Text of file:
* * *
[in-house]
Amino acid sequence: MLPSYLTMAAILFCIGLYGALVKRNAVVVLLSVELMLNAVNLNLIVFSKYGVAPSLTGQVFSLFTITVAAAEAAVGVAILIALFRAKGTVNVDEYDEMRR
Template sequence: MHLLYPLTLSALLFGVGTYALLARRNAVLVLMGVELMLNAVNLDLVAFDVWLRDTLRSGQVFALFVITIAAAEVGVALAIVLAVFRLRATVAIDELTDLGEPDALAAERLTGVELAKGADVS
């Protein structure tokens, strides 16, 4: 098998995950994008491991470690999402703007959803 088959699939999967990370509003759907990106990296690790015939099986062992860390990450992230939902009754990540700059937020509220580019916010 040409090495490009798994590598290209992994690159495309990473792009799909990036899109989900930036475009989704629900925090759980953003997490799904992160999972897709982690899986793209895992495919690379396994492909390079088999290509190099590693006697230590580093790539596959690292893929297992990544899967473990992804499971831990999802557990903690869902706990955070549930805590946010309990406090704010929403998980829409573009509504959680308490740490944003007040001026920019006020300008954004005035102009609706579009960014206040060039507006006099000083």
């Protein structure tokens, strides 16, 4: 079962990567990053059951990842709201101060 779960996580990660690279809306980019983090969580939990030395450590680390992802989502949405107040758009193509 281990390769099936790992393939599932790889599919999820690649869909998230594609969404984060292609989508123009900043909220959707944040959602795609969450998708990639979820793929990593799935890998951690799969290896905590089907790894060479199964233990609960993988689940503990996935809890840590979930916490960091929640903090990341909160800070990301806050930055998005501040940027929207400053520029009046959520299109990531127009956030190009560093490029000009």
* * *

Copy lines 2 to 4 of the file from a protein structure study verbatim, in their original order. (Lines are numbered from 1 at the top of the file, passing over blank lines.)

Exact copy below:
Amino acid sequence: MLPSYLTMAAILFCIGLYGALVKRNAVVVLLSVELMLNAVNLNLIVFSKYGVAPSLTGQVFSLFTITVAAAEAAVGVAILIALFRAKGTVNVDEYDEMRR
Template sequence: MHLLYPLTLSALLFGVGTYALLARRNAVLVLMGVELMLNAVNLDLVAFDVWLRDTLRSGQVFALFVITIAAAEVGVALAIVLAVFRLRATVAIDELTDLGEPDALAAERLTGVELAKGADVS
């Protein structure tokens, strides 16, 4: 098998995950994008491991470690999402703007959803 088959699939999967990370509003759907990106990296690790015939099986062992860390990450992230939902009754990540700059937020509220580019916010 040409090495490009798994590598290209992994690159495309990473792009799909990036899109989900930036475009989704629900925090759980953003997490799904992160999972897709982690899986793209895992495919690379396994492909390079088999290509190099590693006697230590580093790539596959690292893929297992990544899967473990992804499971831990999802557990903690869902706990955070549930805590946010309990406090704010929403998980829409573009509504959680308490740490944003007040001026920019006020300008954004005035102009609706579009960014206040060039507006006099000083």